Later that month, young Gazans were allowed to gather at the eastern border in an echo of the violent “March of Return” demonstrations in 2018 and 2019, when Israeli forces killed more than 190 Palestinians and wounded thousands.

A Palestinian demonstrator drags burning rubber tires toward the border fence east of Gaza City on Friday. (Loay Ayyoub for The Washington Post)

Dozens have been injured in the protests in recent weeks. At a gathering Friday, a group of about hundred men were prevented from getting close to the fence by Hamas security agents. On other occasions, hundreds have been allowed to approach, sometimes throwing explosive devices.

Experts said a full-scale return of the demonstrations is unlikely. The last round created hundreds of amputees, often seen begging at Gazan intersections.

“There is no support for the protests in the public,” said Mkhaimer Abu Sada, a political science professor at Al-Azhar University in Gaza City. “But this is another way of Hamas pulling Israel’s strings and saying, ‘Don’t go too far.’”

In Gaza, Hamas is criticized by some militants for cooperating with Israel and “exchanging quiet for jobs,” Abu Sada said.

Hamas was faulted in May for not coming to the aid of its rival faction, Islamic Jihad, as Israeli airstrikes decimated its military leadership — part of a short-lived exchange of fire that killed 33 people in Gaza and two people in Israel.

“People don’t always understand your choice not to respond,” Naim said. “Hamas is trying to avoid an escalation. A lot of our sons and daughters would be killed.”

Islamic Jihad has kept a low profile in Gaza since the strikes.

“It’s not just that they lost their commanders, it’s that now they know they can’t count on Hamas to help,” Abu Sada said. “It may change their calculation about when and how to act.”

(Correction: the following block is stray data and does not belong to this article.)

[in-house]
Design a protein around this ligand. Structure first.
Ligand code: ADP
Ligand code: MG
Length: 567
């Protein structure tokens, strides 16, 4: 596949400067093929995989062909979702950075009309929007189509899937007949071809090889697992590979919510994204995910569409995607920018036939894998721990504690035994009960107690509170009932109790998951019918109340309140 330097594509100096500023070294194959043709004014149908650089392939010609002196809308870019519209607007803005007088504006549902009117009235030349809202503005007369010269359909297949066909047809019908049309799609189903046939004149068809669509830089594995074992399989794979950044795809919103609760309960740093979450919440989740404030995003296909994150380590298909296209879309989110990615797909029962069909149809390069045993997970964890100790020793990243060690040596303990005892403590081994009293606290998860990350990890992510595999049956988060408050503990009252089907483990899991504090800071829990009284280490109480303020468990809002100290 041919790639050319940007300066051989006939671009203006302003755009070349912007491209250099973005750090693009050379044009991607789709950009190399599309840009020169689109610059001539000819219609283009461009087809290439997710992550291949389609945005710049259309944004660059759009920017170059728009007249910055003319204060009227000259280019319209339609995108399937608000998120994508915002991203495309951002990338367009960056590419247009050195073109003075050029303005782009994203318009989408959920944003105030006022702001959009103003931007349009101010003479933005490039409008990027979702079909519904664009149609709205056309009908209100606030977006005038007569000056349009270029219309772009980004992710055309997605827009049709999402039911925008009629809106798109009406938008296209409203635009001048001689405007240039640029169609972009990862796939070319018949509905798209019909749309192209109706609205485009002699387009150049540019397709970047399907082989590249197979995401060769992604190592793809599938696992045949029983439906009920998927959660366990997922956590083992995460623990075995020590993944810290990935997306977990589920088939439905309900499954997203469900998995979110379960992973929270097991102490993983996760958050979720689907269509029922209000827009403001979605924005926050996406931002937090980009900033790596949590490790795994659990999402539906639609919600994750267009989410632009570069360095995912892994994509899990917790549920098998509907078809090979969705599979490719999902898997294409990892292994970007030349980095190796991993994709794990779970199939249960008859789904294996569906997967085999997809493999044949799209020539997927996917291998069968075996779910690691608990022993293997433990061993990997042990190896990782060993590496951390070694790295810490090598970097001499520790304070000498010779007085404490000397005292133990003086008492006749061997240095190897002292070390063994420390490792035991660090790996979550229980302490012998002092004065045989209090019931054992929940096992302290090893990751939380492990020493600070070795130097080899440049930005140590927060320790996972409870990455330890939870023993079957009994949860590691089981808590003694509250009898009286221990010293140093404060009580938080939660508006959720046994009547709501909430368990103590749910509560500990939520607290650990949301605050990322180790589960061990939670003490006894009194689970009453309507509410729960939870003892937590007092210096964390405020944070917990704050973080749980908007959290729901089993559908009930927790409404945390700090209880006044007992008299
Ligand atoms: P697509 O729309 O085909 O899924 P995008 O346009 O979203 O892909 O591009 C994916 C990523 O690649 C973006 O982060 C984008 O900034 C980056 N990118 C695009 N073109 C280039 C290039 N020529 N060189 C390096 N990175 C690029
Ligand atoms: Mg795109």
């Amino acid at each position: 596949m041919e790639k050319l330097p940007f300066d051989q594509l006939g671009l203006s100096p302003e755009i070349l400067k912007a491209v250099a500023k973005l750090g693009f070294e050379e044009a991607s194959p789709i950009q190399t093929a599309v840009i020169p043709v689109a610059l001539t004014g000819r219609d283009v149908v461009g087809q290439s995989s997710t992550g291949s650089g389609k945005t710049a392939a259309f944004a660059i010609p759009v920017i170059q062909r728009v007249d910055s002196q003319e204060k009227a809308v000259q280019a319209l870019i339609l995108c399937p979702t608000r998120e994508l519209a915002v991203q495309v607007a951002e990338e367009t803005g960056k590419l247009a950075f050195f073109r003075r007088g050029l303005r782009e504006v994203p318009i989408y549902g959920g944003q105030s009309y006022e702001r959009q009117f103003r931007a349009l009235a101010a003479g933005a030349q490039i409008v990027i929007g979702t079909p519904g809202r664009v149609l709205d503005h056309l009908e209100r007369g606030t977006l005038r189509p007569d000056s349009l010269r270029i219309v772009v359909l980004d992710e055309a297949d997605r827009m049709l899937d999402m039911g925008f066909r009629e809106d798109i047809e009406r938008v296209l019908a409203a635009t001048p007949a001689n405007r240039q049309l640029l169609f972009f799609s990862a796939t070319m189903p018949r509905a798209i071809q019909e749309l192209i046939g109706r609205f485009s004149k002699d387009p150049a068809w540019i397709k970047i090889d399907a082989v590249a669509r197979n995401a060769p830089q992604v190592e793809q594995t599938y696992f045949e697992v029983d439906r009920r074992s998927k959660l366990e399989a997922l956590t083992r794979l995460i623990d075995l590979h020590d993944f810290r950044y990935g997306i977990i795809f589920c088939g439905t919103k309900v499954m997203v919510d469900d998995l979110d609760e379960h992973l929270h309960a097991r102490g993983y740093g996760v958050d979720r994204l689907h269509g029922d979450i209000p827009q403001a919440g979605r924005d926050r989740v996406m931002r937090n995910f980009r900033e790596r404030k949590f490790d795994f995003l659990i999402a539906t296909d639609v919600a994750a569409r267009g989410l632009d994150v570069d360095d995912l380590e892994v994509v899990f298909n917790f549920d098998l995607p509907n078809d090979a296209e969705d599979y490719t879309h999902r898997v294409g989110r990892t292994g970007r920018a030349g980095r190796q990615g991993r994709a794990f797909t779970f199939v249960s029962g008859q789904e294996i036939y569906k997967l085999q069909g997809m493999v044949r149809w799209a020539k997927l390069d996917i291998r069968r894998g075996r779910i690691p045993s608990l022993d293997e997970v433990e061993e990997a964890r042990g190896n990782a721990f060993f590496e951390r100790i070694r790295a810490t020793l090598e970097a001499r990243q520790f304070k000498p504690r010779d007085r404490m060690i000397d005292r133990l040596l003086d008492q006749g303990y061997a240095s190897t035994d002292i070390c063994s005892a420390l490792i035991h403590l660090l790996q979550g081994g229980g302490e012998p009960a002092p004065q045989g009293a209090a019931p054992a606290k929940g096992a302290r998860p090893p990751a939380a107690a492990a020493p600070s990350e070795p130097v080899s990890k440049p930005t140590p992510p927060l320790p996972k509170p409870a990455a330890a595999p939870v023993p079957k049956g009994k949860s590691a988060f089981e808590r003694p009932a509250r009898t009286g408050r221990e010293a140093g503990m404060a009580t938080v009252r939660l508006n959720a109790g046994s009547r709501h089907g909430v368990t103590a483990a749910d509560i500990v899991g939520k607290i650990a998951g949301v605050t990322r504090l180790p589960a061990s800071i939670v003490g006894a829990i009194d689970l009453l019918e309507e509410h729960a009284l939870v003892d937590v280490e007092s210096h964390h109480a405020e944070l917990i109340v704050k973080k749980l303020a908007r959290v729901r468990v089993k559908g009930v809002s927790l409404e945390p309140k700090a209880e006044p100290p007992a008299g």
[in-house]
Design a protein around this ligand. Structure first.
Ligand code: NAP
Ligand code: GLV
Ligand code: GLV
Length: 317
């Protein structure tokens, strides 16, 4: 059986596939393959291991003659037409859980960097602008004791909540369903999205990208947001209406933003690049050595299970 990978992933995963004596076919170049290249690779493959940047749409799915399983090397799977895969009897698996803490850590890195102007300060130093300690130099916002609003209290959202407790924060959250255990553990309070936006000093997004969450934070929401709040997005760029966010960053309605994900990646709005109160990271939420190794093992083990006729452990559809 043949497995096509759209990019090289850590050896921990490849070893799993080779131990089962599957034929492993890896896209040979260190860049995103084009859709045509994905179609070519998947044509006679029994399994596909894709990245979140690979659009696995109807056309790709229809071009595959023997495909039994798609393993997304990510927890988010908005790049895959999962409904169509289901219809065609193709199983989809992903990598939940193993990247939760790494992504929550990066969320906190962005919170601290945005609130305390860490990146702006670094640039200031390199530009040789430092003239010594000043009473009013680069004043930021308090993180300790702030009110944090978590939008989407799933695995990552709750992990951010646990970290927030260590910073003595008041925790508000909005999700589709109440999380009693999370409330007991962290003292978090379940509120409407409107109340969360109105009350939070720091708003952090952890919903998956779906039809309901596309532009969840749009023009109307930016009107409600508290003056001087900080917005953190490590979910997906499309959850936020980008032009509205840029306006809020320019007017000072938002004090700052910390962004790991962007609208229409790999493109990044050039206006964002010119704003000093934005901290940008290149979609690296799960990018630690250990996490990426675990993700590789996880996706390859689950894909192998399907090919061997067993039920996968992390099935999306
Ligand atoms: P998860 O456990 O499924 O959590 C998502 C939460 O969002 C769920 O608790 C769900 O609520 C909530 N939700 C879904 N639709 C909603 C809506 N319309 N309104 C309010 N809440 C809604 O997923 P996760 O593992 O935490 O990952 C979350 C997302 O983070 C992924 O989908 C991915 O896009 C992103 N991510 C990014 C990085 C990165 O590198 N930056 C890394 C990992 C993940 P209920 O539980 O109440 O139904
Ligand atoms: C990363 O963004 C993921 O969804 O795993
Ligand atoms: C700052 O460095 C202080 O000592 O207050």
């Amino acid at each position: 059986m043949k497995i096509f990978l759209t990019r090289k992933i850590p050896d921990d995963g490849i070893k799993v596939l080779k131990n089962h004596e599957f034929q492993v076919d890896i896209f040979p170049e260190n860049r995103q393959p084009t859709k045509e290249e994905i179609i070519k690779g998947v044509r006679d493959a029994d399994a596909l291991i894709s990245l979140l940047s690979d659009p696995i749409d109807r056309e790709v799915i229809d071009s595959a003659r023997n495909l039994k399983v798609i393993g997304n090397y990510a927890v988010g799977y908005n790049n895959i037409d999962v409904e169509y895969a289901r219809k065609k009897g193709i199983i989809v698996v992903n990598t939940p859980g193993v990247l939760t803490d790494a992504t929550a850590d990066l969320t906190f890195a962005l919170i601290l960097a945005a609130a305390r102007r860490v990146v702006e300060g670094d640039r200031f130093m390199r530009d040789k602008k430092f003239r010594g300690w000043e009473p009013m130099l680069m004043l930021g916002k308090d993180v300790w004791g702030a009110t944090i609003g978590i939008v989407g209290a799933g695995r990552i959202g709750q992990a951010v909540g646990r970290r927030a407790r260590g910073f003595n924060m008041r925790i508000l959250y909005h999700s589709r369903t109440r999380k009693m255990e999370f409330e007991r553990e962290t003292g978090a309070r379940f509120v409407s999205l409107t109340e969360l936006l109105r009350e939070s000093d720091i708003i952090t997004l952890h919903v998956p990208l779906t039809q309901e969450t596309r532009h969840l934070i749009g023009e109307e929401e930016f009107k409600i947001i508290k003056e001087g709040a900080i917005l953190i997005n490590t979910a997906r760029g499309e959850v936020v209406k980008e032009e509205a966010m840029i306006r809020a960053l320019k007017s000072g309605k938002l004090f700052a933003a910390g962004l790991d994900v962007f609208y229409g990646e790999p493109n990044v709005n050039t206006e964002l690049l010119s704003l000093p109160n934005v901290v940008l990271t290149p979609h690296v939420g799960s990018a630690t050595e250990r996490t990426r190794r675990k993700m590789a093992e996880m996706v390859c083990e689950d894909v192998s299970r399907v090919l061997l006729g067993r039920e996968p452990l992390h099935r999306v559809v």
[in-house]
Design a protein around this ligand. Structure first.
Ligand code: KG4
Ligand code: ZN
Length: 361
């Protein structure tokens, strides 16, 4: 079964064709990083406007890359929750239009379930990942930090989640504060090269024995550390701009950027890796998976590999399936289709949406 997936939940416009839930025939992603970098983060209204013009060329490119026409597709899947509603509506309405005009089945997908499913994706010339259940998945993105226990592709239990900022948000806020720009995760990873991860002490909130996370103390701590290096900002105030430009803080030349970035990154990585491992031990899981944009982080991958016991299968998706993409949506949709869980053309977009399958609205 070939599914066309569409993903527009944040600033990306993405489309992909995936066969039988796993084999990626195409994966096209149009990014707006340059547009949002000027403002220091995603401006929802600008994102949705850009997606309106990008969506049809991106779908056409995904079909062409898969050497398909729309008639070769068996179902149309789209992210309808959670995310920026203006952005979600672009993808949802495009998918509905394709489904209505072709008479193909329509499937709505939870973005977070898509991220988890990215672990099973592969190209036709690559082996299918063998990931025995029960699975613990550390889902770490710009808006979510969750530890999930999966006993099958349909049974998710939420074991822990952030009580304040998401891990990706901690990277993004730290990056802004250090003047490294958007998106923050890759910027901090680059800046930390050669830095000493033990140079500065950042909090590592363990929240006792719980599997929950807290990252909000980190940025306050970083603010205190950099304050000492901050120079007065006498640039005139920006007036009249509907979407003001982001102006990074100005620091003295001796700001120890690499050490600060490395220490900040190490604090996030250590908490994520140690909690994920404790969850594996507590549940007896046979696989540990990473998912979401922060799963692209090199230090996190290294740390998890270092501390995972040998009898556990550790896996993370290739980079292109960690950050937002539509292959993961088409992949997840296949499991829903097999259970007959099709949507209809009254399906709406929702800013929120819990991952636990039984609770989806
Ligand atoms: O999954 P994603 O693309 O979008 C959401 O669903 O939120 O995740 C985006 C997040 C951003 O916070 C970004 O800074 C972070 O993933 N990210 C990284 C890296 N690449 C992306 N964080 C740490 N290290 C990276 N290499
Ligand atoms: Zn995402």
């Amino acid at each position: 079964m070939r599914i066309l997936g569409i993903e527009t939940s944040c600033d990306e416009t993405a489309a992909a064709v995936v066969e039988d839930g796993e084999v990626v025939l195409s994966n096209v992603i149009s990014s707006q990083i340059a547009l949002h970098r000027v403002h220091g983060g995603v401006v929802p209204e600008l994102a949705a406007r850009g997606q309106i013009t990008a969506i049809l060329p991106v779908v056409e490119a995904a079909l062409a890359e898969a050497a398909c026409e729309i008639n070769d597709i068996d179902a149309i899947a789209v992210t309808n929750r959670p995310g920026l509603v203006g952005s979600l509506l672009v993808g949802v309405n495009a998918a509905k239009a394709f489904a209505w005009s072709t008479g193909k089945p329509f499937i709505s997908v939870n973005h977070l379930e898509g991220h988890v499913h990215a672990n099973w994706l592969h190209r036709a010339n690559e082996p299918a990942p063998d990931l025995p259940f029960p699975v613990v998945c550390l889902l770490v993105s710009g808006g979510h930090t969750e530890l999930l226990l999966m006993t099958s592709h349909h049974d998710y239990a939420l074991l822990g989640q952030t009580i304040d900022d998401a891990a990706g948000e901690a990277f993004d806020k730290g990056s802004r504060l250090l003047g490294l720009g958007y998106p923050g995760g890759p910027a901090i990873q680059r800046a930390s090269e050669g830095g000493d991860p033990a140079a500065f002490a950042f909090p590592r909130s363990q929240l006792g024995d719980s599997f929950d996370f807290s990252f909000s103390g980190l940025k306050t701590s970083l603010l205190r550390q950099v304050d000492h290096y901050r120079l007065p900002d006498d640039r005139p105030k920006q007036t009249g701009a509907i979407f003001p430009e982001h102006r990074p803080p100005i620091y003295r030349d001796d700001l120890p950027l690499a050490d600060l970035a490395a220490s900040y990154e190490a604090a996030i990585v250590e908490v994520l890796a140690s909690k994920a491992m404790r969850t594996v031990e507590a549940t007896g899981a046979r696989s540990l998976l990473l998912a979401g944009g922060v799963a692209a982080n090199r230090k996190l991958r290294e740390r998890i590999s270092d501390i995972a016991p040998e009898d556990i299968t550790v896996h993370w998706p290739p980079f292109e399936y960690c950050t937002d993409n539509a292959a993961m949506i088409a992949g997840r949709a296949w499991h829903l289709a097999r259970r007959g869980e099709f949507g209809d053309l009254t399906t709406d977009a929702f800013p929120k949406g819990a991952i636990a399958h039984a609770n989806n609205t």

Naim blamed Israel for ratcheting up tensions and for strangling Gaza’s economy with restrictions that amounted to “a catastrophe.” Gaza exports more than $130 million worth of clothing, fish, produce and other goods a year, officials said.

“You cannot have an ‘economic peace’ and ban all exports,” he said.

Gazan fish merchant Awni Abu Hasira had to wait nearly a week for a truck laden with 2,000 pounds of his seafood to cross into the West Bank. (Loay Ayyoub for The Washington Post)

Awni Abu Hasira had already bought more than 2,000 pounds of shrimp, crabs and fish caught by Gazan fishermen when he got word that Israel had shut down exports. His shop near the waterfront, normally crowded with men loading iced coolers into trucks bound for the West Bank, was empty.

“If it goes for more than a week, I could be out of business,” Abu Hasira said.

Israel allowed some trucks to cross after six days, including one laden with Abu Hasira’s fish.

Other Gazans have felt the squeeze when applying for work permits in Israel, where they can make double what they earn here. Last year, the Israeli government said it would increase the number of permits for Gazans, currently at 18,500.

But in August, Israel’s public broadcaster reported that officials had changed their minds, citing Hamas’s support for the West Bank attacks. The Israeli military’s Coordinator of Government Activities in the Territories (COGAT), the unit responsible for administering permits, confirmed that a planned increase to 20,000 was on hold.

“The quota increase is contingent upon the security stability both within and emanating from the Gaza Strip,” COGAT said in a written response to The Post.

Asad’s social media chats lit up at the news. “The permits are all we talk about,” he said.

Palestinian youths gather at the Turkish visa office in the Gaza Strip on Sept. 5 to apply for work visas. (Loay Ayyoub for The Washington Post)

Workers are scrambling now to find other options. A riot broke out at the office for Turkish work visas last week as security guards struggled to keep applicants from overwhelming the building.

Waiting there on a recent morning was a 24-year-old who works at construction sites for $5 to $8 a day. Salem, who only gave his first name out of fear of reprisals from Gazan authorities, spent hours in line with his passport, bank statements and the $180 application fee, only to learn he was ineligible.

“You have to be married,” he said. “I can’t afford to get married.”

© 1996-2023 The Washington Post